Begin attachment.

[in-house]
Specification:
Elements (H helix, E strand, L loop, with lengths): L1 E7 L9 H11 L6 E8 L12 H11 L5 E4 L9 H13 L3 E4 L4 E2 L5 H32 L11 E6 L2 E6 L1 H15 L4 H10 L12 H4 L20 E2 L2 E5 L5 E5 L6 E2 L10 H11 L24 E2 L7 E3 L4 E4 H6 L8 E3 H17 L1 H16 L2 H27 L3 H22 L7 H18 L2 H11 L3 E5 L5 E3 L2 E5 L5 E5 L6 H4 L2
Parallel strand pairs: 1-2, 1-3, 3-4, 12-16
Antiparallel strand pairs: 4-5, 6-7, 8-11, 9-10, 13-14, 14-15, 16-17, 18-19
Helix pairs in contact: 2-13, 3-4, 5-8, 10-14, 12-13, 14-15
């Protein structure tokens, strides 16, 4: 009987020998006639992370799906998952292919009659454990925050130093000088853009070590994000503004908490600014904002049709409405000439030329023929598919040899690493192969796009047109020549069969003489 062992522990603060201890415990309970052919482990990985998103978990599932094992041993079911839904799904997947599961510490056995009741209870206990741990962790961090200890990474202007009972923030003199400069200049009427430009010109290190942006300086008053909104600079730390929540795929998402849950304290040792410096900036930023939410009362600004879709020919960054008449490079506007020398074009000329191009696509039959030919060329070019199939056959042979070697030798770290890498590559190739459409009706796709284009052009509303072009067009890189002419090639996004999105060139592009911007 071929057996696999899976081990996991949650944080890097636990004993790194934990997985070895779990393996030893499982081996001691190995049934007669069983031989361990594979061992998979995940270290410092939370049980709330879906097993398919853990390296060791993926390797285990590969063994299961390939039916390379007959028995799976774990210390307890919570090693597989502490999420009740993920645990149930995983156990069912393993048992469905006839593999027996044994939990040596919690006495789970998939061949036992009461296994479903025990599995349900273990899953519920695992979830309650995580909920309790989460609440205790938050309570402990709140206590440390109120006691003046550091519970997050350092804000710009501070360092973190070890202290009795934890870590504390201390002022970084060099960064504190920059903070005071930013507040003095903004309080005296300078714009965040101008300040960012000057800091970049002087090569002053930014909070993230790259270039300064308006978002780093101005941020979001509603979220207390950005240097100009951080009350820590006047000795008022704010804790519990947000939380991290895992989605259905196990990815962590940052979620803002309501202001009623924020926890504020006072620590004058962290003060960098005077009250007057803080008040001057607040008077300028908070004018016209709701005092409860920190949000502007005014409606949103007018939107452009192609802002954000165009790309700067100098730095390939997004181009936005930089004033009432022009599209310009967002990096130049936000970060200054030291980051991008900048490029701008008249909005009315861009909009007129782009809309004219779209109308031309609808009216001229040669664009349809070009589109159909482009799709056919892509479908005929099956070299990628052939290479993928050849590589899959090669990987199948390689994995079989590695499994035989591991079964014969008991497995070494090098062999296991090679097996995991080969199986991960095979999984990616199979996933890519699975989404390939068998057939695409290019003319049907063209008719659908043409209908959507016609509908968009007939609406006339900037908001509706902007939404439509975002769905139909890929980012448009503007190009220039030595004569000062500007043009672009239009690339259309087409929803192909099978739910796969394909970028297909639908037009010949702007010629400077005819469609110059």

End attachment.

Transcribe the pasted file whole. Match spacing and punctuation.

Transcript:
[in-house]
Specification:
Elements (H helix, E strand, L loop, with lengths): L1 E7 L9 H11 L6 E8 L12 H11 L5 E4 L9 H13 L3 E4 L4 E2 L5 H32 L11 E6 L2 E6 L1 H15 L4 H10 L12 H4 L20 E2 L2 E5 L5 E5 L6 E2 L10 H11 L24 E2 L7 E3 L4 E4 H6 L8 E3 H17 L1 H16 L2 H27 L3 H22 L7 H18 L2 H11 L3 E5 L5 E3 L2 E5 L5 E5 L6 H4 L2
Parallel strand pairs: 1-2, 1-3, 3-4, 12-16
Antiparallel strand pairs: 4-5, 6-7, 8-11, 9-10, 13-14, 14-15, 16-17, 18-19
Helix pairs in contact: 2-13, 3-4, 5-8, 10-14, 12-13, 14-15
């Protein structure tokens, strides 16, 4: 009987020998006639992370799906998952292919009659454990925050130093000088853009070590994000503004908490600014904002049709409405000439030329023929598919040899690493192969796009047109020549069969003489 062992522990603060201890415990309970052919482990990985998103978990599932094992041993079911839904799904997947599961510490056995009741209870206990741990962790961090200890990474202007009972923030003199400069200049009427430009010109290190942006300086008053909104600079730390929540795929998402849950304290040792410096900036930023939410009362600004879709020919960054008449490079506007020398074009000329191009696509039959030919060329070019199939056959042979070697030798770290890498590559190739459409009706796709284009052009509303072009067009890189002419090639996004999105060139592009911007 071929057996696999899976081990996991949650944080890097636990004993790194934990997985070895779990393996030893499982081996001691190995049934007669069983031989361990594979061992998979995940270290410092939370049980709330879906097993398919853990390296060791993926390797285990590969063994299961390939039916390379007959028995799976774990210390307890919570090693597989502490999420009740993920645990149930995983156990069912393993048992469905006839593999027996044994939990040596919690006495789970998939061949036992009461296994479903025990599995349900273990899953519920695992979830309650995580909920309790989460609440205790938050309570402990709140206590440390109120006691003046550091519970997050350092804000710009501070360092973190070890202290009795934890870590504390201390002022970084060099960064504190920059903070005071930013507040003095903004309080005296300078714009965040101008300040960012000057800091970049002087090569002053930014909070993230790259270039300064308006978002780093101005941020979001509603979220207390950005240097100009951080009350820590006047000795008022704010804790519990947000939380991290895992989605259905196990990815962590940052979620803002309501202001009623924020926890504020006072620590004058962290003060960098005077009250007057803080008040001057607040008077300028908070004018016209709701005092409860920190949000502007005014409606949103007018939107452009192609802002954000165009790309700067100098730095390939997004181009936005930089004033009432022009599209310009967002990096130049936000970060200054030291980051991008900048490029701008008249909005009315861009909009007129782009809309004219779209109308031309609808009216001229040669664009349809070009589109159909482009799709056919892509479908005929099956070299990628052939290479993928050849590589899959090669990987199948390689994995079989590695499994035989591991079964014969008991497995070494090098062999296991090679097996995991080969199986991960095979999984990616199979996933890519699975989404390939068998057939695409290019003319049907063209008719659908043409209908959507016609509908968009007939609406006339900037908001509706902007939404439509975002769905139909890929980012448009503007190009220039030595004569000062500007043009672009239009690339259309087409929803192909099978739910796969394909970028297909639908037009010949702007010629400077005819469609110059």